Key player in ovarian cancer may have implications for PCOS

In a recent study published in BMC Women's Healthresearchers explore the involvement and altered expression of BBOX1 antisense ribonucleic acid (RNA) 1 (BBOX1-AS1) and microRNA-19b (miR-19b) in polycystic ovary syndrome (PCOS).

Study: The long non-coding RNA BBOX1 antisense RNA 1 is upregulated in polycystic ovary syndrome (PCOS) and suppresses the role of microRNA-19b in the proliferation of ovarian granulose cells. Image Credit: Orawan Pattarawimonchai / Shutterstock.com

What is PCOS?

BBOX1-AS1 is a long non-coding RNA (lncRNA) that is associated with several human diseases, including ovarian cancer. In ovarian cancer, BBOX1-AS1 upregulates podocalyxin-like protein 1 (PODXL) by sponging miR-361-3p, thereby promoting cancer progression.

PCOS is a clinical disorder that affects 4-12% of women of reproductive age. Since PCOS affects ovaries, the researchers of the current study hypothesized that BBOX1-AS1 also interacts with miR-19b to participate in PCOS.

Theca cells autonomously produce androgen and progesterone, whereas granulosa cells convert theca cells-produced androgens into estrogens. Taken together, these cells are key determinants of ovarian steroidogenesis. 

In PCOS, elevated levels of gonadotropin-releasing hormone (GnRH) stimulate the proliferation of steroids and luteinizing hormone (LH)-producing granulosa cells. This leads to increased proliferation and reduced apoptosis of granulosa cells, as well as reduced follicle-stimulating hormone (FSH) levels, which likely facilitate PCOS progression.

These hormonal imbalances manifest as numerous cysts in the ovary, which, without proper treatment, reduce egg quality, prevent ovulation, and lead to infertility. To date, the cause of PCOS is unknown. 

Genetic targets of PCOS

Understanding ncRNA functions in diseased states like PCOS and cancer could facilitate the development of novel treatments.

Moreover, ncRNAs, such as lncRNAs and microRNAs (miRNAs), do not contain coding information; however, they interact with DNAs, other RNAs, and proteins to participate in multiple biological processes, such as protein/gene expression regulation and chromatin stability. Therefore, lncRNAs could be the next-generation molecular targets for PCOS treatment.

Previous studies have reported the downregulation of MiR-19b in PCOS and how it enhances granulosa cell proliferation; however, its upstream regulator is unknown. Nevertheless, miR-19b may be a potential molecular target of PCOS treatment. 

About the study

In the present study, researchers investigate the potential involvement of miR-19b-BBOX1-AS1 interaction in PCOS.

A total of 80 PCOS patients were recruited to participate in the study. The average age of the study cohort was about 30 years.

All study participants received the first round of in-vitro fertilization (IVF) treatment at Hainan Women and Children Medical Center in China to donate follicular fluid samples for this study. The control group comprised 80 females who received IVF treatment because of male factors, rather than a PCOS diagnosis.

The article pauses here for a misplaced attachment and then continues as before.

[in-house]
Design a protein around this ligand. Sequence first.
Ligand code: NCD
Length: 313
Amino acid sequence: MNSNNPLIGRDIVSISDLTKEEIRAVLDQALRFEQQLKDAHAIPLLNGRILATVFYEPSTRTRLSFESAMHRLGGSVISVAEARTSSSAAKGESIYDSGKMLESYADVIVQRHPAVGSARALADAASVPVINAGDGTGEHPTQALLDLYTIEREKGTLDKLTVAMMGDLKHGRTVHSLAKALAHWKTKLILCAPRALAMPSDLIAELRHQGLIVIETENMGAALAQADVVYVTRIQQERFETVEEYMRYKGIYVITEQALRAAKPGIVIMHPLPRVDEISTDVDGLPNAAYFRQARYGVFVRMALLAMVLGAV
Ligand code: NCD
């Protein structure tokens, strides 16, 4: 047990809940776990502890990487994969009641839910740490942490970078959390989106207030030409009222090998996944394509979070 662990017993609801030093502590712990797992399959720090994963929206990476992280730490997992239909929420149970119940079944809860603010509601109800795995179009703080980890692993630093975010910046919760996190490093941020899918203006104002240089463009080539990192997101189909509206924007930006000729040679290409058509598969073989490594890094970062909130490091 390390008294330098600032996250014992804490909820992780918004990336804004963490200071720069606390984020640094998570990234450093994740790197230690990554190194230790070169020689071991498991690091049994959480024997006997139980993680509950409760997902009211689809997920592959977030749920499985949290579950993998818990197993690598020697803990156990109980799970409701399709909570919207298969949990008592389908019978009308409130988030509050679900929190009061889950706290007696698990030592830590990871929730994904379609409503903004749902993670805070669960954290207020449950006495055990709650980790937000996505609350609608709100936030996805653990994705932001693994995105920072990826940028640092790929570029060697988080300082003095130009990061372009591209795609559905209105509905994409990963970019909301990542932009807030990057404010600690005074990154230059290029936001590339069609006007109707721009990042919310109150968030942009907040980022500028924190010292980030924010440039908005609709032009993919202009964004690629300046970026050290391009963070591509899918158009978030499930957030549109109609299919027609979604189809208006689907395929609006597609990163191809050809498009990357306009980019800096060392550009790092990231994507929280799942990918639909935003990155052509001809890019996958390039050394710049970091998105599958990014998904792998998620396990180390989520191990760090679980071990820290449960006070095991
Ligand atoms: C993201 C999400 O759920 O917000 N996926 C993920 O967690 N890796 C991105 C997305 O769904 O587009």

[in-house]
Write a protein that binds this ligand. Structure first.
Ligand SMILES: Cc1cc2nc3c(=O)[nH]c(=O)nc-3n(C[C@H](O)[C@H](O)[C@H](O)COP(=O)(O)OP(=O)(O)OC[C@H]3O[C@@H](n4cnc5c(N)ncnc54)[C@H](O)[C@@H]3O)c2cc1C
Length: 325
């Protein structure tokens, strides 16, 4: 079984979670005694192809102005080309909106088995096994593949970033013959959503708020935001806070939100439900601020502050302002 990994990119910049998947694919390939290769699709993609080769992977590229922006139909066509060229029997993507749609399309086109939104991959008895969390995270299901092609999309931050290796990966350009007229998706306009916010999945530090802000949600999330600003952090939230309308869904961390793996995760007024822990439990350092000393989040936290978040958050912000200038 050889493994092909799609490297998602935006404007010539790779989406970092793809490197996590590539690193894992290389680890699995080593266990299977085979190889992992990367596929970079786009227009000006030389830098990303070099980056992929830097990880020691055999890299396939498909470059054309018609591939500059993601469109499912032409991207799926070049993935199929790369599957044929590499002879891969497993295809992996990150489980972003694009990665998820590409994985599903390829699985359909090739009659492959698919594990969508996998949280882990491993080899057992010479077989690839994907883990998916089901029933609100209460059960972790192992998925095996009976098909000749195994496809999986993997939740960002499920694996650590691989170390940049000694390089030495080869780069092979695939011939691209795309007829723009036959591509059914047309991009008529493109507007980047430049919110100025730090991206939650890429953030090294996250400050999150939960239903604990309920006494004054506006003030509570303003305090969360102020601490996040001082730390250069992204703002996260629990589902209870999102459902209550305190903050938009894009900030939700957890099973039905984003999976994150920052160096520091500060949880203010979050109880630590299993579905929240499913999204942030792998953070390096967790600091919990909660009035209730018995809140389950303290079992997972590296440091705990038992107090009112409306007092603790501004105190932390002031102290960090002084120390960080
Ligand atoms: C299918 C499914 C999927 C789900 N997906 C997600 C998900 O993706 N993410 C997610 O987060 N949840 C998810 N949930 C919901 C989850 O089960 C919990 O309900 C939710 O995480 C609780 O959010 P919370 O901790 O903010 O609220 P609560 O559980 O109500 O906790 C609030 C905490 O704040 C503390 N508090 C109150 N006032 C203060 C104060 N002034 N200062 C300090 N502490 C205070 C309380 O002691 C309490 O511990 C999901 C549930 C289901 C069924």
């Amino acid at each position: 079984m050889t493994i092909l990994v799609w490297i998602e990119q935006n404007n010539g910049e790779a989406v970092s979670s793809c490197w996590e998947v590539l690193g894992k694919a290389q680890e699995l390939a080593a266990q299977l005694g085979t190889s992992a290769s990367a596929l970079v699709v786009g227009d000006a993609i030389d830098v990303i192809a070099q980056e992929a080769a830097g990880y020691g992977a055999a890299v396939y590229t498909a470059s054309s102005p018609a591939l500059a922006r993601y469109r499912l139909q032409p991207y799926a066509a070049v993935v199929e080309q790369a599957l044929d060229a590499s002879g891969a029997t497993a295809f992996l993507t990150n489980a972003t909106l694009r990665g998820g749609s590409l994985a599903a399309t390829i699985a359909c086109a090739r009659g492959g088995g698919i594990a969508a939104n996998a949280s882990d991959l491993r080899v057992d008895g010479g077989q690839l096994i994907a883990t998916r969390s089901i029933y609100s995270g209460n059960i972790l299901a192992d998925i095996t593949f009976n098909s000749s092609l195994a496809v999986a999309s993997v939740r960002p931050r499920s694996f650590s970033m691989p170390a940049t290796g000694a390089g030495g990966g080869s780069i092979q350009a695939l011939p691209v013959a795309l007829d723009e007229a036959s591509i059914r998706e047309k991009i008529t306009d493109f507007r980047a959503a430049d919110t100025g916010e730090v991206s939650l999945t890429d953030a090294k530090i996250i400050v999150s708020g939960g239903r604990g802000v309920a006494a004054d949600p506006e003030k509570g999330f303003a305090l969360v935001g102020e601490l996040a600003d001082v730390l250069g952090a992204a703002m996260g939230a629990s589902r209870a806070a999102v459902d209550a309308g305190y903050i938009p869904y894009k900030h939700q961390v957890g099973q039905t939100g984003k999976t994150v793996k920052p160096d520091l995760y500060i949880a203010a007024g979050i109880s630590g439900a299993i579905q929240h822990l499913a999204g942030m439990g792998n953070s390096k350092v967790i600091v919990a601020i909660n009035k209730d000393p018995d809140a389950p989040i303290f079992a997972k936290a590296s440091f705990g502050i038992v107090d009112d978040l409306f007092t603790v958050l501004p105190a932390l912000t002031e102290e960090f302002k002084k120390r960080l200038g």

KGN cells, which are human granulosa-like tumor cells, were used to prepare nuclear and cytoplasmic fractions to isolate RNA. Quantitative reverse transcription-polymerase chain reaction (RT-qPCR) was subsequently used to assess BBOX1-AS1 and miR-19b accumulation in follicular fluid. A correlation analysis was performed between miR-19b and BBOX1-AS1 across PCOS and control samples.

The RNA-RNA pulldown assay was used to determine the binding of miR-19b to the wild type (wt) and mutant (mut) BBOX1-AS1 in KGN cells. The BrdU assay allowed the researchers to investigate the regulatory role of BBOX1-AS1 and miR-19b in regulating KGN cell proliferation.

Study findings

In striking contrast to miR-19b, BBOX1-AS1 was highly upregulated in PCOS. These findings demonstrate the role of BBOX1-AS1 in PCOS, similar to its involvement with several different ovarian disorders.

The RNA-RNA pulldown assay confirmed that miR-19b binds to BBOX1-AS1; however, these ncRNAs were not correlated across PCOS and control samples. Correlation analysis suggested that the ncRNAs did not regulate the expression of one another.

In fact, only BBOX1-AS1-wt, rather than the mutant BBOX1-AS1, directly interacted with miR-19b, suppressed its activity and inhibited granulosa cell proliferation.

Conclusions

The current study characterized the role of the BBOX1-AS1/miR-19b axis in PCOS. Although BBOX1-AS1 expression was high, miR-19b was down-regulated in PCOS.

Future studies are needed to confirm that BBOX1-AS1 endogenously competes with miR-19b for its suppression to lead to PCOS ultimately. Furthermore, additional research is needed to elucidate the involvement of the BBOX1-AS1/miR-19b axis in oxidative stress-induced damage to ovaries underlying most ovarian disorders. 

Journal reference:
  • Zhou, Z., Zhang, Y., Tan, C. et al. (2023). The long non-coding RNA BBOX1 antisense RNA 1 is upregulated in polycystic ovary syndrome (PCOS) and suppresses the role of microRNA-19b in the proliferation of ovarian granulose cells. BMC Women's Health 23(508). doi:10.1186/s12905-023-02632-5
Neha Mathur

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Neha Mathur

Neha is a digital marketing professional based in Gurugram, India. She has a Master’s degree from the University of Rajasthan with a specialization in Biotechnology in 2008. She has experience in pre-clinical research as part of her research project in The Department of Toxicology at the prestigious Central Drug Research Institute (CDRI), Lucknow, India. She also holds a certification in C++ programming.

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